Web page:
- Research: Now that we know what customers we serve, we move into the research phase. We take any pre-existing knowledge we have of the market and combine it with industry research to form a profile of the total market. We seek to identify how many people face the problem that we are trying to solve, where they seek information, how they currently solve their issue, and how much money they spend each year. With this information, we perform a TAM-SAM-SOM analysis to help us identify not only how many people are in our market, but how many of them we can realistically reach with the mobile app solution.
- Insights: Finally, we consider how all this research pertains to our app idea. Is there a real market? Are there enough people in the market, spending enough money? Would people pay to have their challenge solved? The entire point of the research section is to prove that a need exists for your particular app – have you proven it?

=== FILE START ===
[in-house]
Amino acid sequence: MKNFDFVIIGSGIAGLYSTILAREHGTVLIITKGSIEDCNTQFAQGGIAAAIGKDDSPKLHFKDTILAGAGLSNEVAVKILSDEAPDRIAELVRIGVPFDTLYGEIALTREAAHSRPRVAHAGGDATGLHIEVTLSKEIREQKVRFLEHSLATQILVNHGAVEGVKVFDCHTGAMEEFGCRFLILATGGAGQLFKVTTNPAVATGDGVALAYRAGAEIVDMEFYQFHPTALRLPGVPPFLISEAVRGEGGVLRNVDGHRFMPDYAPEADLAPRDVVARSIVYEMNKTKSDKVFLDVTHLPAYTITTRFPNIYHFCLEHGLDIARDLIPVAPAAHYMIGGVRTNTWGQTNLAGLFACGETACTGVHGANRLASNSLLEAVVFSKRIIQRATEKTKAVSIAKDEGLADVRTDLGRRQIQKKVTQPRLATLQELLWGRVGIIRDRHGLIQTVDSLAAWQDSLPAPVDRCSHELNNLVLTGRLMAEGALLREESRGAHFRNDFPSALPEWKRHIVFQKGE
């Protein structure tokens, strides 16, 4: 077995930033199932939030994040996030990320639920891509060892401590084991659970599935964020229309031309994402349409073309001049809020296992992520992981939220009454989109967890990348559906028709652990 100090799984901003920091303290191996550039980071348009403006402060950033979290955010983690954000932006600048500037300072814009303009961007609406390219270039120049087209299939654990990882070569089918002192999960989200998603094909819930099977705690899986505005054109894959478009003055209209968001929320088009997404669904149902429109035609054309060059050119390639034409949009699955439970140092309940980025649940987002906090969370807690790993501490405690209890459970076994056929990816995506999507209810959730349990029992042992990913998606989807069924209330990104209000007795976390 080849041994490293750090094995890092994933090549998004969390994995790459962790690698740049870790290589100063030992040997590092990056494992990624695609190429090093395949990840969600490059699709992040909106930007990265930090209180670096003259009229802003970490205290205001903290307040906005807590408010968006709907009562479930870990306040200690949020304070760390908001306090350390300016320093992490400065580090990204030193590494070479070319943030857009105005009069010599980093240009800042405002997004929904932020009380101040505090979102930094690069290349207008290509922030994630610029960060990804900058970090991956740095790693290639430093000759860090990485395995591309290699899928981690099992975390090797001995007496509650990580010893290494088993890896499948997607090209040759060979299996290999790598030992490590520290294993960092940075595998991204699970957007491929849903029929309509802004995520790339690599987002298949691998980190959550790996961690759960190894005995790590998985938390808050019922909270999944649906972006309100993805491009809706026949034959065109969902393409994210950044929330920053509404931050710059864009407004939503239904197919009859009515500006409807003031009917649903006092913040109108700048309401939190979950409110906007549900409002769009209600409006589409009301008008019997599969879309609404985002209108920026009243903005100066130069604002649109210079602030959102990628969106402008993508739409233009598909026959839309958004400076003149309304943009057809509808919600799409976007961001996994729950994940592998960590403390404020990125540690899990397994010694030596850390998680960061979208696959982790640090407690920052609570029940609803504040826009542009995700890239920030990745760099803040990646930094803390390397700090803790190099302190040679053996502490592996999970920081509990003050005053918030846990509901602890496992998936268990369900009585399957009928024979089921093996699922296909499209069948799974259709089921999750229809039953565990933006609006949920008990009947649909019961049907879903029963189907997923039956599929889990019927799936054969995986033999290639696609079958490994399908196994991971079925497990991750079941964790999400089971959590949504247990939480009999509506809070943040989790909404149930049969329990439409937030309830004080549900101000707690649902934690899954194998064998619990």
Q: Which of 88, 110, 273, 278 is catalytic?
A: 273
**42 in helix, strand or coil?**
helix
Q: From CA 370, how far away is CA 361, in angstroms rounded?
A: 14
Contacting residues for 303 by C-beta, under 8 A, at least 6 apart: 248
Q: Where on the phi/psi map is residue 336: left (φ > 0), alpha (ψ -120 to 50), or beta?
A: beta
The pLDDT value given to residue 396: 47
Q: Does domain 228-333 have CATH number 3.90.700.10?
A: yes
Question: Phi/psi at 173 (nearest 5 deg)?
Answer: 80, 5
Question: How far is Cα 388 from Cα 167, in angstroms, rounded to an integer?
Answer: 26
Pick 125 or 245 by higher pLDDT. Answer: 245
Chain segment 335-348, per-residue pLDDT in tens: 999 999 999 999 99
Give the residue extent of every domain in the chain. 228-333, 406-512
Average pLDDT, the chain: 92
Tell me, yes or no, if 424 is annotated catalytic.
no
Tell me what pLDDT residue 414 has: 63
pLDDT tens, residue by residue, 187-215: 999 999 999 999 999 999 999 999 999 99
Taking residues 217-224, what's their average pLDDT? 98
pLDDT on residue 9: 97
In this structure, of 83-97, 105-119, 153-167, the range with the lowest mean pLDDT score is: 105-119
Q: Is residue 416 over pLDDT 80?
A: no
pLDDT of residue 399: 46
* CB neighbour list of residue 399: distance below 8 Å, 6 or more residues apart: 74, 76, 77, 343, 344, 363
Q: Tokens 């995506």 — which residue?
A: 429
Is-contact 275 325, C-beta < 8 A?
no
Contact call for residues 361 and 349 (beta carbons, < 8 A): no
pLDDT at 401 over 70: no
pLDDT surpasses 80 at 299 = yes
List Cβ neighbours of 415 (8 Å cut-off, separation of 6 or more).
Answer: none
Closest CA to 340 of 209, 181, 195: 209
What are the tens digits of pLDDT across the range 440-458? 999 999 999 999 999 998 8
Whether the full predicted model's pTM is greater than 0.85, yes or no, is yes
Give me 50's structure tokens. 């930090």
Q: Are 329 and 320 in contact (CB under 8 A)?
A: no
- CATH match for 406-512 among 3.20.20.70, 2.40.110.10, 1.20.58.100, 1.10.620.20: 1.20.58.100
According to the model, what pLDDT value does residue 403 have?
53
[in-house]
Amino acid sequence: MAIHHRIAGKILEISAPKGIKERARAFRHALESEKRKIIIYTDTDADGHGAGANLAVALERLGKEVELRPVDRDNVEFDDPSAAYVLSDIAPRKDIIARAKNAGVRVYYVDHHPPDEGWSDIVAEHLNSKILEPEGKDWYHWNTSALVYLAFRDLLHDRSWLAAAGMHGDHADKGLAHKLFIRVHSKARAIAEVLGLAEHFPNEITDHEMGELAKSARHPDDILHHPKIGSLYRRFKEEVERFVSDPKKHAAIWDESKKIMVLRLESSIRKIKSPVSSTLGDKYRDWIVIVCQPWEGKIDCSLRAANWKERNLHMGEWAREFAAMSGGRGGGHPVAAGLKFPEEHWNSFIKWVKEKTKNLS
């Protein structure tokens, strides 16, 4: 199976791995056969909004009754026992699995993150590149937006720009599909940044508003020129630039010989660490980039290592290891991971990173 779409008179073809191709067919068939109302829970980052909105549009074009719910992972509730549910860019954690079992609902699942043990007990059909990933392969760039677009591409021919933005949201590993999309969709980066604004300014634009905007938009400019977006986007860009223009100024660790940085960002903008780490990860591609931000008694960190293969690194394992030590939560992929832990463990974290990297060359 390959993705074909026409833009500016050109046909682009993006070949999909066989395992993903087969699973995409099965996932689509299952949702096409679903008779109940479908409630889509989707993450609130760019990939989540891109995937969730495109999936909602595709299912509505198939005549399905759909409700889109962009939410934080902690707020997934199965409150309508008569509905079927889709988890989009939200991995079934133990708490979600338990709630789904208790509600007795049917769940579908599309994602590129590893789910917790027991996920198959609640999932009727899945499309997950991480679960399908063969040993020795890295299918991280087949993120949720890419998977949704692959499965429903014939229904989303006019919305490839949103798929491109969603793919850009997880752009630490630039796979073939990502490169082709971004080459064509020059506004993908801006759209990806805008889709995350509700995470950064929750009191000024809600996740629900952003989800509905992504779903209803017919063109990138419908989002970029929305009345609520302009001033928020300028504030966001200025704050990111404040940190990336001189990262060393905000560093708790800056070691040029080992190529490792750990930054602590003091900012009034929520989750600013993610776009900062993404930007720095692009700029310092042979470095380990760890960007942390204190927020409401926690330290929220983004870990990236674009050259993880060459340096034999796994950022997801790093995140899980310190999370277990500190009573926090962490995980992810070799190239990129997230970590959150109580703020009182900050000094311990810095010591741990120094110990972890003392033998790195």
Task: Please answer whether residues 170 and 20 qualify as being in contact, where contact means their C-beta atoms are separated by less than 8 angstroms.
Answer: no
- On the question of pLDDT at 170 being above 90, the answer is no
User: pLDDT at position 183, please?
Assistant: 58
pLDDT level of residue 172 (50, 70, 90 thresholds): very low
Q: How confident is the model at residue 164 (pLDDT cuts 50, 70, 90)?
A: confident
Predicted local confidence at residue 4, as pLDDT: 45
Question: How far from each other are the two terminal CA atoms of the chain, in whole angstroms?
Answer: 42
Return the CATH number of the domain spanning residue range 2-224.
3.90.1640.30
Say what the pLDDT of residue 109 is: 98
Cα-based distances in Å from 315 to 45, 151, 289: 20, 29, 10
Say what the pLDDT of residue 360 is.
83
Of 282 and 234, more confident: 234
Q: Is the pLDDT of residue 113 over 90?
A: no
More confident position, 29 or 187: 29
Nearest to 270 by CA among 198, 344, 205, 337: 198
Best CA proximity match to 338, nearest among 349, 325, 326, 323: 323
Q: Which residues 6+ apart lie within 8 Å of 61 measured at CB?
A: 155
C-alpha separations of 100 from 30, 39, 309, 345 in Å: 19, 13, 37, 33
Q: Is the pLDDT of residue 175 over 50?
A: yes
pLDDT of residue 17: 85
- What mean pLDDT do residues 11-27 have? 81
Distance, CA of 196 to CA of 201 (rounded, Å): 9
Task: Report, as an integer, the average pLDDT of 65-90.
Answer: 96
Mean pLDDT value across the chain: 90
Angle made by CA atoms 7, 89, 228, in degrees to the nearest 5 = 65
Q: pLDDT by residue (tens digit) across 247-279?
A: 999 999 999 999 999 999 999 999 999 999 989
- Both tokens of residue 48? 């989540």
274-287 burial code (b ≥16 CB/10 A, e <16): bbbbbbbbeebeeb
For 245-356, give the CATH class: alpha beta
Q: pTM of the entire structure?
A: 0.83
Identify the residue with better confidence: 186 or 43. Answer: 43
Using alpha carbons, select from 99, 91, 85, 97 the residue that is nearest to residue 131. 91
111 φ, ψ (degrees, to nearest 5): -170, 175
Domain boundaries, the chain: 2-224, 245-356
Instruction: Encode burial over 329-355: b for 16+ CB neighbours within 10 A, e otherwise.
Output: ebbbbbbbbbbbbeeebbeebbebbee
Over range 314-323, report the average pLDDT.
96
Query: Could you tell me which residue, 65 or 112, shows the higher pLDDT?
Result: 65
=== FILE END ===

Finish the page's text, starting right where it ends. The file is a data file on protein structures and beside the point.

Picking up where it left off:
At this point in your plan, you’ve detailed your awesome mobile app concept, identified a niche market, and proved a sufficient need within that market. Using this information, you now must decide how you will reach potential users, introduce them to your app, and persuade them to download and use it.
Investors want to know that there is a clarified growth strategy in place for getting your app to the market. The better you can explain this plan with clear steps, backed with accurate data, the more likely you are to persuade an investor to help fund the development of your app.
There are many marketing strategies and techniques available from PPC to social media, and beyond. Choosing which one is right for your business can be difficult. Start small, perform a SWOT analysis, introduce new solutions, and test your ideas. Over time, as you identify techniques that are working on a small level, scale them upwards and eliminate the strategies that aren’t showing potential.
Furthermore, look at your competitors and identify how they are successfully reaching consumers. The more you know about what has and has not worked for your competitors, the easier it will be to avoid the obstacles that they may have faced previously.